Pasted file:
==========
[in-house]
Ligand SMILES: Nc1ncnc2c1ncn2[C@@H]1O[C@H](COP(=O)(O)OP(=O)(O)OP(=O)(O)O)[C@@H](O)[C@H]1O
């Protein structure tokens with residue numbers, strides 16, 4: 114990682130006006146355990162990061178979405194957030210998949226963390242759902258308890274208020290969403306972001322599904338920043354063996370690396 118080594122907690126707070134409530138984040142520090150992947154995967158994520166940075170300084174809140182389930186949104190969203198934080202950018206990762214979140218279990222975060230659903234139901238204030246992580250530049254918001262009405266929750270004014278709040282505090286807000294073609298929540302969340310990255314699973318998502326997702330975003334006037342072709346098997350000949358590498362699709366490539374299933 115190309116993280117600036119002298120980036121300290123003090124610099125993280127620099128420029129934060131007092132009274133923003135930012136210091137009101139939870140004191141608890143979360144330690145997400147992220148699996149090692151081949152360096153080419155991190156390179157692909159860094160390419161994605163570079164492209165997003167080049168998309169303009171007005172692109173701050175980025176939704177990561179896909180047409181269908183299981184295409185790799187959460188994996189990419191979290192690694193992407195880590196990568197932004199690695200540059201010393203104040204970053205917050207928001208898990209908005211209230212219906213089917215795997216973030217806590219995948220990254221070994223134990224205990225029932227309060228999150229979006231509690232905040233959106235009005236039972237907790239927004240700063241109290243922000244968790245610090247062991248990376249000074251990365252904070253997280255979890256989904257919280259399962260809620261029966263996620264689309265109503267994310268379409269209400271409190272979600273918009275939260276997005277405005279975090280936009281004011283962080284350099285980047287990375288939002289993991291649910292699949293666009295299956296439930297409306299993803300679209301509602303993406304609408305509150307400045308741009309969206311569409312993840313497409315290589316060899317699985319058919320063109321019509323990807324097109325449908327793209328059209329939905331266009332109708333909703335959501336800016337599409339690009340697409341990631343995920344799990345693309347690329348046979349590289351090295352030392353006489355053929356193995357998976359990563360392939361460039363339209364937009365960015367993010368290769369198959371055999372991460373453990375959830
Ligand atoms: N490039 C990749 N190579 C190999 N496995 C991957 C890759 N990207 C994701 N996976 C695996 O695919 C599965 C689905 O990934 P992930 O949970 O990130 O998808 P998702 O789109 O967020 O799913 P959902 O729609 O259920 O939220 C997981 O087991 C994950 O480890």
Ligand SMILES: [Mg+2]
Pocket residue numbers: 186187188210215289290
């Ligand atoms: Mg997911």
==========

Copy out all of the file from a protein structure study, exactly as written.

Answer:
[in-house]
Ligand SMILES: Nc1ncnc2c1ncn2[C@@H]1O[C@H](COP(=O)(O)OP(=O)(O)OP(=O)(O)O)[C@@H](O)[C@H]1O
């Protein structure tokens with residue numbers, strides 16, 4: 114990682130006006146355990162990061178979405194957030210998949226963390242759902258308890274208020290969403306972001322599904338920043354063996370690396 118080594122907690126707070134409530138984040142520090150992947154995967158994520166940075170300084174809140182389930186949104190969203198934080202950018206990762214979140218279990222975060230659903234139901238204030246992580250530049254918001262009405266929750270004014278709040282505090286807000294073609298929540302969340310990255314699973318998502326997702330975003334006037342072709346098997350000949358590498362699709366490539374299933 115190309116993280117600036119002298120980036121300290123003090124610099125993280127620099128420029129934060131007092132009274133923003135930012136210091137009101139939870140004191141608890143979360144330690145997400147992220148699996149090692151081949152360096153080419155991190156390179157692909159860094160390419161994605163570079164492209165997003167080049168998309169303009171007005172692109173701050175980025176939704177990561179896909180047409181269908183299981184295409185790799187959460188994996189990419191979290192690694193992407195880590196990568197932004199690695200540059201010393203104040204970053205917050207928001208898990209908005211209230212219906213089917215795997216973030217806590219995948220990254221070994223134990224205990225029932227309060228999150229979006231509690232905040233959106235009005236039972237907790239927004240700063241109290243922000244968790245610090247062991248990376249000074251990365252904070253997280255979890256989904257919280259399962260809620261029966263996620264689309265109503267994310268379409269209400271409190272979600273918009275939260276997005277405005279975090280936009281004011283962080284350099285980047287990375288939002289993991291649910292699949293666009295299956296439930297409306299993803300679209301509602303993406304609408305509150307400045308741009309969206311569409312993840313497409315290589316060899317699985319058919320063109321019509323990807324097109325449908327793209328059209329939905331266009332109708333909703335959501336800016337599409339690009340697409341990631343995920344799990345693309347690329348046979349590289351090295352030392353006489355053929356193995357998976359990563360392939361460039363339209364937009365960015367993010368290769369198959371055999372991460373453990375959830
Ligand atoms: N490039 C990749 N190579 C190999 N496995 C991957 C890759 N990207 C994701 N996976 C695996 O695919 C599965 C689905 O990934 P992930 O949970 O990130 O998808 P998702 O789109 O967020 O799913 P959902 O729609 O259920 O939220 C997981 O087991 C994950 O480890």
Ligand SMILES: [Mg+2]
Pocket residue numbers: 186187188210215289290
């Ligand atoms: Mg997911």